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February 27, 2015

Temporary art installation to take over St. Andrew’s Chapel

The vacant church will open its doors for three nonconsecutive weekend days, including this Saturday and Sunday

The Arts Visual Arts
C-Lines Michael Bixler/Hidden City Philadelphia

"Seeing Between The Ci-Lines: St. Andrew’s Chapel Awakened With Art And Geometry"

On Spruce Street in University City, the shell of an old church, St. Andrew’s Collegiate Chapel, stands like a mysterious, lifeless elephant.

But on Saturday, the nearly decade-old forgotten building will shake off its dust and take in a breath of new air as it's transformed into a temporary art installation space. Then the art will disappear and the doors will be closed once more.

The three-day exhibit, Seeing Between The Ci-Lines: St. Andrew’s Chapel Awakened With Art And Geometry,” is the brainchild of Brooklyn-based artist Aaron Asis with the assistance of the fifth-graders from the Penn Alexander School.

It will be open from noon to 4 p.m. on Feb. 28, March 1 and March 14 only. St. Andrew’s Chapel is located at 4205 Spruce St. For details, call (215) 382-7811 or go to www.ucartsleague.org.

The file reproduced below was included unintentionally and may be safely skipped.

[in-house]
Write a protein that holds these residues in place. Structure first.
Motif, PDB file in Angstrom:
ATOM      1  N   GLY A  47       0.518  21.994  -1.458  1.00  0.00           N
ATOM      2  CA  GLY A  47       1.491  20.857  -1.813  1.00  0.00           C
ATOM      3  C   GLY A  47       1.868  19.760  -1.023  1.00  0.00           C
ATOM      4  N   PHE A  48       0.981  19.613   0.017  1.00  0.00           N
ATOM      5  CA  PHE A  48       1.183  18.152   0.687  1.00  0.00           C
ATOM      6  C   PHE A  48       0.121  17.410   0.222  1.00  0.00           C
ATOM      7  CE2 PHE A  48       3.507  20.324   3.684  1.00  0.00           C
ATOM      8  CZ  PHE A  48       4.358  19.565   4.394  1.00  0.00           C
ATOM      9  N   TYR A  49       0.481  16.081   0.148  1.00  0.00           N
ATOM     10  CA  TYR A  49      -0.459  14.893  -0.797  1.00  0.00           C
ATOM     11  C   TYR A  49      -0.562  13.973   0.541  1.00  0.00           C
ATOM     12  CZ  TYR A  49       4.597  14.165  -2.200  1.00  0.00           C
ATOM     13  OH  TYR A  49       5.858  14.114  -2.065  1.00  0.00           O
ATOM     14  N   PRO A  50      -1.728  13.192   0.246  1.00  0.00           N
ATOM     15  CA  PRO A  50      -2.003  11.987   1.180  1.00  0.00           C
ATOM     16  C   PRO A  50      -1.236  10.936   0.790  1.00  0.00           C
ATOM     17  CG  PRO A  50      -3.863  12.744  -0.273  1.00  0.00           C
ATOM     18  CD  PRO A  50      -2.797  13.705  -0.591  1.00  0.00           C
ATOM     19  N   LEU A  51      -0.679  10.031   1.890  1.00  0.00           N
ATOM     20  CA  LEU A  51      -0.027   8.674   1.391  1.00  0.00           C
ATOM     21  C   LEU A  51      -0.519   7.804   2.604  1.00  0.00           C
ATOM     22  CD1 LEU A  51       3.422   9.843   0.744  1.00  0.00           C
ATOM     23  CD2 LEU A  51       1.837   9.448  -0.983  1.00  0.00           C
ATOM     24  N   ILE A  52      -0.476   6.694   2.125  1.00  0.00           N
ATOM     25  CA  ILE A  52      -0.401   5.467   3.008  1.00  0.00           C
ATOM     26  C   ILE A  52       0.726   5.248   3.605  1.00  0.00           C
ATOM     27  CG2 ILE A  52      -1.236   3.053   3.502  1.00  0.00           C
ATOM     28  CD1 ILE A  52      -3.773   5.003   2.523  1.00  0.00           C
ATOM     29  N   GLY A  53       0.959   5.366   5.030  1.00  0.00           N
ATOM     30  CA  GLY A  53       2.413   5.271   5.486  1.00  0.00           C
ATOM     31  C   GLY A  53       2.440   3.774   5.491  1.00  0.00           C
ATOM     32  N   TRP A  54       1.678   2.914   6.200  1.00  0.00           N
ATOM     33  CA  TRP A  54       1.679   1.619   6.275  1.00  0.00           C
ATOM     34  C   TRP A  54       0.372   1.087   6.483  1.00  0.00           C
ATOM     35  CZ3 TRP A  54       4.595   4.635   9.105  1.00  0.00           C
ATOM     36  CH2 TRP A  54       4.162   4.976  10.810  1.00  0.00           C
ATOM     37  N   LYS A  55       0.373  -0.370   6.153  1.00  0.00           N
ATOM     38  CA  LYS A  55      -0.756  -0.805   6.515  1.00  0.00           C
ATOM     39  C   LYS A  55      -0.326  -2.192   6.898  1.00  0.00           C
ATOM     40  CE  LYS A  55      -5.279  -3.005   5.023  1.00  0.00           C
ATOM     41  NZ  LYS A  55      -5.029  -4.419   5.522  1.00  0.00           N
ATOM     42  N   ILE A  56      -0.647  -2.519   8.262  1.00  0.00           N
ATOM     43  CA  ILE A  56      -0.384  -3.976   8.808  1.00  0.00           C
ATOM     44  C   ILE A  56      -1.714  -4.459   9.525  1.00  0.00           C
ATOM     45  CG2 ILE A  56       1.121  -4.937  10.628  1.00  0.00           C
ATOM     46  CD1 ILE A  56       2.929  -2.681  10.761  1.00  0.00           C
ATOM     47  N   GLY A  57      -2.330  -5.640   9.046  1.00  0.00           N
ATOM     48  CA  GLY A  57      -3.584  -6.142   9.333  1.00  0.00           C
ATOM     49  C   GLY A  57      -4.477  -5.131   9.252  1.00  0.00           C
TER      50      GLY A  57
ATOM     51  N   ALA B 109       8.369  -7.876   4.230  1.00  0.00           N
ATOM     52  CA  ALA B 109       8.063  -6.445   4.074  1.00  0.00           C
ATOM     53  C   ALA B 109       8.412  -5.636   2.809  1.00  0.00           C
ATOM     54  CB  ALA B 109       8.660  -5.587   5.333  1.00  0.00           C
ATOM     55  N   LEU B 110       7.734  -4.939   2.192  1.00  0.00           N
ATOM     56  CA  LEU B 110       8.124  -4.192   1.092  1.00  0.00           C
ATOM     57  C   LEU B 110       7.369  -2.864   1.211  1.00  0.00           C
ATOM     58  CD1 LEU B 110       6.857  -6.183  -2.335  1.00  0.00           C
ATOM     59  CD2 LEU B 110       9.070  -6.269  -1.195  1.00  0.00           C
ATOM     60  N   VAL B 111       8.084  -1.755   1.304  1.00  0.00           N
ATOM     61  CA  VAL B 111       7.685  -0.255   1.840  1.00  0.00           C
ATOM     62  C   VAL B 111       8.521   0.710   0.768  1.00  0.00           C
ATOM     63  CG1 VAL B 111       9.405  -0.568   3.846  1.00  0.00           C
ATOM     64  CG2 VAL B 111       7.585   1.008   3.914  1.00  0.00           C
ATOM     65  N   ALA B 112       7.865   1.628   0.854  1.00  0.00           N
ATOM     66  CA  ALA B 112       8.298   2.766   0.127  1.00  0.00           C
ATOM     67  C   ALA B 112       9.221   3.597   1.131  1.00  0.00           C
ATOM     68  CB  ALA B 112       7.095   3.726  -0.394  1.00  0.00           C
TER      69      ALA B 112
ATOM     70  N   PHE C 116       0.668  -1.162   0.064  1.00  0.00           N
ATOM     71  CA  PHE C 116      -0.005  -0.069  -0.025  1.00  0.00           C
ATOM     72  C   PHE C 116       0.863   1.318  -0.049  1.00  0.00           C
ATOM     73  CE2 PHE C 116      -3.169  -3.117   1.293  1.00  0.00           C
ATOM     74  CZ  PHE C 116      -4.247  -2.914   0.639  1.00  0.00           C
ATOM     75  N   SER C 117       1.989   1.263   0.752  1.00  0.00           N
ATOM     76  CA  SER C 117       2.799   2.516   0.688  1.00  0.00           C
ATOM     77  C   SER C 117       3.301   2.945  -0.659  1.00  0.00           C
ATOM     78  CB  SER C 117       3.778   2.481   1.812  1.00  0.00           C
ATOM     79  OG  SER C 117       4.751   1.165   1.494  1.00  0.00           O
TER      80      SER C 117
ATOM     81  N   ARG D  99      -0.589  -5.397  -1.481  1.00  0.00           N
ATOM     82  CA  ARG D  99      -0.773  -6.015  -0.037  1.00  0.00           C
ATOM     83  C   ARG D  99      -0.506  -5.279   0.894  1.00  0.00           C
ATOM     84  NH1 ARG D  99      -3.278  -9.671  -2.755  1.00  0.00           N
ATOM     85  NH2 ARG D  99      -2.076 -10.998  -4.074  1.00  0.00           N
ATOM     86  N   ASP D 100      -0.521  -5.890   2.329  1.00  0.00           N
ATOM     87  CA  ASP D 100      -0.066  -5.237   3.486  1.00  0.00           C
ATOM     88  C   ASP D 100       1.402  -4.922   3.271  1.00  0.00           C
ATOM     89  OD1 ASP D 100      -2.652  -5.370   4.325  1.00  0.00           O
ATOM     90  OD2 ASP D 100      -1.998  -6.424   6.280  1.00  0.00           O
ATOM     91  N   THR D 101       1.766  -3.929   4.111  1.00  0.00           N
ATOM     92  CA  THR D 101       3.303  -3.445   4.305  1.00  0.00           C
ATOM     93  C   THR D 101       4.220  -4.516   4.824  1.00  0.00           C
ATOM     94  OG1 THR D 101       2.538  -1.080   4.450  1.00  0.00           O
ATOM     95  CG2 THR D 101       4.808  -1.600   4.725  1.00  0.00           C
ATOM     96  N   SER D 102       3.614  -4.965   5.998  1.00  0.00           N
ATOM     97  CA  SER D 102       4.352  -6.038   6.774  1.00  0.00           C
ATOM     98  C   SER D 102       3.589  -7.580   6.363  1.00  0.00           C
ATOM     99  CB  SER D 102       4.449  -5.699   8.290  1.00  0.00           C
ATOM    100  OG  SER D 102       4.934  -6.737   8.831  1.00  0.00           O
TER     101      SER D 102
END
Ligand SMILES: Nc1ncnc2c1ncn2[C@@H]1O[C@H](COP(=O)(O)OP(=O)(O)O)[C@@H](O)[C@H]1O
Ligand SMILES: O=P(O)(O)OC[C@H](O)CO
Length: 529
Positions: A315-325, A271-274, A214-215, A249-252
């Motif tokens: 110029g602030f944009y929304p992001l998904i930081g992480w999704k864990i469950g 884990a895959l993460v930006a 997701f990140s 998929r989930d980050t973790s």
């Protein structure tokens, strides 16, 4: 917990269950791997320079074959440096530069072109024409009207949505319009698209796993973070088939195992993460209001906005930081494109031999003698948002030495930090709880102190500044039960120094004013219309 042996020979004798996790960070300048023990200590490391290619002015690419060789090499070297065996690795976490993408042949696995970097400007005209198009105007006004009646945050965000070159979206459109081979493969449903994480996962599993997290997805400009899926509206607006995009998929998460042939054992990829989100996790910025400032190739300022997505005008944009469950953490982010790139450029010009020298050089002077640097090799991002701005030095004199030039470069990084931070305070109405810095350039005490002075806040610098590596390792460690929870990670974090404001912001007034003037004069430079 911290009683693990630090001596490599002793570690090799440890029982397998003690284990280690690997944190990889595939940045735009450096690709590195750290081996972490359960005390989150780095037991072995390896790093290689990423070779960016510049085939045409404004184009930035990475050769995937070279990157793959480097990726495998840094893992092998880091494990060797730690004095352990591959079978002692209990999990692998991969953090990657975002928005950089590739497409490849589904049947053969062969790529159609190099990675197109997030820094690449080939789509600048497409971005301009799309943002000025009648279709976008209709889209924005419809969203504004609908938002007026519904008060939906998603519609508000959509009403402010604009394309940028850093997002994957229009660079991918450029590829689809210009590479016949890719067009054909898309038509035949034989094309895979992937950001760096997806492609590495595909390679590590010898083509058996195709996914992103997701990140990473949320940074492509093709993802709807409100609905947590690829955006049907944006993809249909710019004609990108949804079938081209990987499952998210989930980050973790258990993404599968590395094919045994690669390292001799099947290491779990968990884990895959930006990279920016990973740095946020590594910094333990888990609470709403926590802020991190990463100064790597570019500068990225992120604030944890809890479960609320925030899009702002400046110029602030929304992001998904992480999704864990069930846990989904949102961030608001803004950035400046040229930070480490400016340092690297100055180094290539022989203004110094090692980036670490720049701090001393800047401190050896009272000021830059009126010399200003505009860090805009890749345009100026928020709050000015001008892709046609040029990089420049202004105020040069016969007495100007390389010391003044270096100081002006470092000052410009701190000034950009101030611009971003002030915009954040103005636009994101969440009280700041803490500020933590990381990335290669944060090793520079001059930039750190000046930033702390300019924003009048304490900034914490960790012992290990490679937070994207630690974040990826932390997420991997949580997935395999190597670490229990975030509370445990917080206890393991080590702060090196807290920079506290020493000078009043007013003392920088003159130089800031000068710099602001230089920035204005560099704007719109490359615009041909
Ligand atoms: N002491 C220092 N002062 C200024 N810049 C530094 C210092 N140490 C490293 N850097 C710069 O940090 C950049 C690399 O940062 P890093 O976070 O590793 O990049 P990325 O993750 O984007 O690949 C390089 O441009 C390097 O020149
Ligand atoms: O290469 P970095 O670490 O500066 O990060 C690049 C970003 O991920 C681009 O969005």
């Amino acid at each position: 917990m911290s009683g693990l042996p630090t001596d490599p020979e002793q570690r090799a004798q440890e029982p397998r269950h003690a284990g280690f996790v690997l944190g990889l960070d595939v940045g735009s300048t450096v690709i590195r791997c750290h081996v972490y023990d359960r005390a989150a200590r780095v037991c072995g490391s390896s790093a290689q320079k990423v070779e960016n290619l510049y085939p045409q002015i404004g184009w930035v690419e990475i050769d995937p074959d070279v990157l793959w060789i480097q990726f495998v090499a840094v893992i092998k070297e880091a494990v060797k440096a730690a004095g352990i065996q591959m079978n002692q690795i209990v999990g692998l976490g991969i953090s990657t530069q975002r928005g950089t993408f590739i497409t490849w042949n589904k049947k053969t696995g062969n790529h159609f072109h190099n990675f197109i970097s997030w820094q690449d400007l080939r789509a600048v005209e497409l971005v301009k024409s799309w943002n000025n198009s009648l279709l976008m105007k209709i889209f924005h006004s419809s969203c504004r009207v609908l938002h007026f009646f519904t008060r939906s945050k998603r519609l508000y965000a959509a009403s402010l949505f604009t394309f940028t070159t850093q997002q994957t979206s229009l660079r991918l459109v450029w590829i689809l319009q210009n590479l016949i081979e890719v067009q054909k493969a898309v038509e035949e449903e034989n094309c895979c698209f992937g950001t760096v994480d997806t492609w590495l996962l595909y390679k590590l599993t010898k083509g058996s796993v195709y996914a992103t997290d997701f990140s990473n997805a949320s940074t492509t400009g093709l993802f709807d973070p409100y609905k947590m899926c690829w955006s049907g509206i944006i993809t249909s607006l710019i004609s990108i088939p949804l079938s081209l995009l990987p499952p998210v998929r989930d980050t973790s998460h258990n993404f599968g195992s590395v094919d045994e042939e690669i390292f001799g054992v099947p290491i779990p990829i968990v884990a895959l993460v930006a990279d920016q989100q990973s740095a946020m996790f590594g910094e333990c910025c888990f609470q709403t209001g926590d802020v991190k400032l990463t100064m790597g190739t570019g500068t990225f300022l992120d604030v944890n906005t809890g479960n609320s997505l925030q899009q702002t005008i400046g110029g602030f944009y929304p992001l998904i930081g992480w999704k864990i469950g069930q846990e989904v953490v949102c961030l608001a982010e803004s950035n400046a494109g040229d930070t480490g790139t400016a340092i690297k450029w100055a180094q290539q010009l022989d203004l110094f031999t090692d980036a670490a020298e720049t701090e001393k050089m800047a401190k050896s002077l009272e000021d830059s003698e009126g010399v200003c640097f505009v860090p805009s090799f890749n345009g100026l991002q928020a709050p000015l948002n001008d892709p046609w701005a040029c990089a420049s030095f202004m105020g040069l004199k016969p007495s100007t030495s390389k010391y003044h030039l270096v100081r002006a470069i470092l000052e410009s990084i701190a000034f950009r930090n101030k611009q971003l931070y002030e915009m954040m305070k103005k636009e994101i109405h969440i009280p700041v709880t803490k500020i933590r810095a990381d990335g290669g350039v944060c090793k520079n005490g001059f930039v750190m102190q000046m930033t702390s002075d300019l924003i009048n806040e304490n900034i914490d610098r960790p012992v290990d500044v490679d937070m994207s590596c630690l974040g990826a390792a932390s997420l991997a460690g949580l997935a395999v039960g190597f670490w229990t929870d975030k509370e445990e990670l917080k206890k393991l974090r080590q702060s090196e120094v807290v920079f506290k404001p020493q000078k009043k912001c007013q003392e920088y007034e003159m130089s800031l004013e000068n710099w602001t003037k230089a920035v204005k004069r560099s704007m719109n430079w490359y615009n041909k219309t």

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The purpose of the exhibit, Asis told Hidden City Philadelphia writer Michael Bixler, is “to spark renewed interest in the vacant sanctuary to ensure its preservation and future as an enduring neighborhood landmark.”

“Ci-Lines is deliberately visible and invisible at the same time, much in the same way vacant buildings are often perceived throughout our everyday urban landscape; as under-appreciated community icons, rich with memories of past and realities of the present,” artist Aaron Asis, to Hidden City Philadelphia.

The artwork will include a web of electric blue parachute tethering strung and weaved throughout the inner architecture of the empty sanctuary, Bixler wrote.

History of the Chapel:

The chapel was built in 1924 and belonged to the Philadelphia Divinity School, founded in 1857 to educate Episcopalian priests.

University City Associates purchased the buildings and property in 1977, and the multi-building campus is currently home to the Parent Infant Center and the Philadelphia Writing Project, though the chapel remains uninhabited.

Read the entire Hidden City Philadelphia article here.

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